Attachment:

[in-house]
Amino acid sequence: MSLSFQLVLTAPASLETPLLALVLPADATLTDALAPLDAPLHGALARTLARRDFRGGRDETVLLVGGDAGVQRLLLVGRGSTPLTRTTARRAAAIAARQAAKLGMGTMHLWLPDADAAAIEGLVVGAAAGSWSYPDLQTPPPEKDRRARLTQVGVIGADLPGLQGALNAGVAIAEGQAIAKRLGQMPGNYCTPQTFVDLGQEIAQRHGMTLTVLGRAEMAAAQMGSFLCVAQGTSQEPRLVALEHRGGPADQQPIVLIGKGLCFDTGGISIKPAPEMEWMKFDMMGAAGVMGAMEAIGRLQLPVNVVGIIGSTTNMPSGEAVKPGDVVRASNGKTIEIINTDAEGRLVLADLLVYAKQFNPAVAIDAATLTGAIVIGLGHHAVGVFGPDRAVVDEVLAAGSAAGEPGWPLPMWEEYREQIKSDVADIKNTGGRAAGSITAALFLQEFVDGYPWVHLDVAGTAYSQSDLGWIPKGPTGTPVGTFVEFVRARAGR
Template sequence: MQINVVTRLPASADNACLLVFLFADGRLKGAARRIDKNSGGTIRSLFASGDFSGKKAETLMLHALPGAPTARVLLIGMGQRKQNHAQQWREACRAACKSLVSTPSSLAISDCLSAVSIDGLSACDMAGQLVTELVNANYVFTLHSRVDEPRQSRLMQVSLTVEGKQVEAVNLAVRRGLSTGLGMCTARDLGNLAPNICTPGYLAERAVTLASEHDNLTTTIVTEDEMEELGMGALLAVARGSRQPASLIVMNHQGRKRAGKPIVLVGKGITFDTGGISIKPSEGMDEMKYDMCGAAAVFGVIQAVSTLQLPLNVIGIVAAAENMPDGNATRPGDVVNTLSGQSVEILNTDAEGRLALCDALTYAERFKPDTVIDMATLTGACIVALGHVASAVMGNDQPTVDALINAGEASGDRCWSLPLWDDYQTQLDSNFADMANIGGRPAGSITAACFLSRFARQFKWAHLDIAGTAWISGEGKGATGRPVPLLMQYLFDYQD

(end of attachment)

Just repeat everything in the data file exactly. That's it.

[in-house]
Amino acid sequence: MSLSFQLVLTAPASLETPLLALVLPADATLTDALAPLDAPLHGALARTLARRDFRGGRDETVLLVGGDAGVQRLLLVGRGSTPLTRTTARRAAAIAARQAAKLGMGTMHLWLPDADAAAIEGLVVGAAAGSWSYPDLQTPPPEKDRRARLTQVGVIGADLPGLQGALNAGVAIAEGQAIAKRLGQMPGNYCTPQTFVDLGQEIAQRHGMTLTVLGRAEMAAAQMGSFLCVAQGTSQEPRLVALEHRGGPADQQPIVLIGKGLCFDTGGISIKPAPEMEWMKFDMMGAAGVMGAMEAIGRLQLPVNVVGIIGSTTNMPSGEAVKPGDVVRASNGKTIEIINTDAEGRLVLADLLVYAKQFNPAVAIDAATLTGAIVIGLGHHAVGVFGPDRAVVDEVLAAGSAAGEPGWPLPMWEEYREQIKSDVADIKNTGGRAAGSITAALFLQEFVDGYPWVHLDVAGTAYSQSDLGWIPKGPTGTPVGTFVEFVRARAGR
Template sequence: MQINVVTRLPASADNACLLVFLFADGRLKGAARRIDKNSGGTIRSLFASGDFSGKKAETLMLHALPGAPTARVLLIGMGQRKQNHAQQWREACRAACKSLVSTPSSLAISDCLSAVSIDGLSACDMAGQLVTELVNANYVFTLHSRVDEPRQSRLMQVSLTVEGKQVEAVNLAVRRGLSTGLGMCTARDLGNLAPNICTPGYLAERAVTLASEHDNLTTTIVTEDEMEELGMGALLAVARGSRQPASLIVMNHQGRKRAGKPIVLVGKGITFDTGGISIKPSEGMDEMKYDMCGAAAVFGVIQAVSTLQLPLNVIGIVAAAENMPDGNATRPGDVVNTLSGQSVEILNTDAEGRLALCDALTYAERFKPDTVIDMATLTGACIVALGHVASAVMGNDQPTVDALINAGEASGDRCWSLPLWDDYQTQLDSNFADMANIGGRPAGSITAACFLSRFARQFKWAHLDIAGTAWISGEGKGATGRPVPLLMQYLFDYQD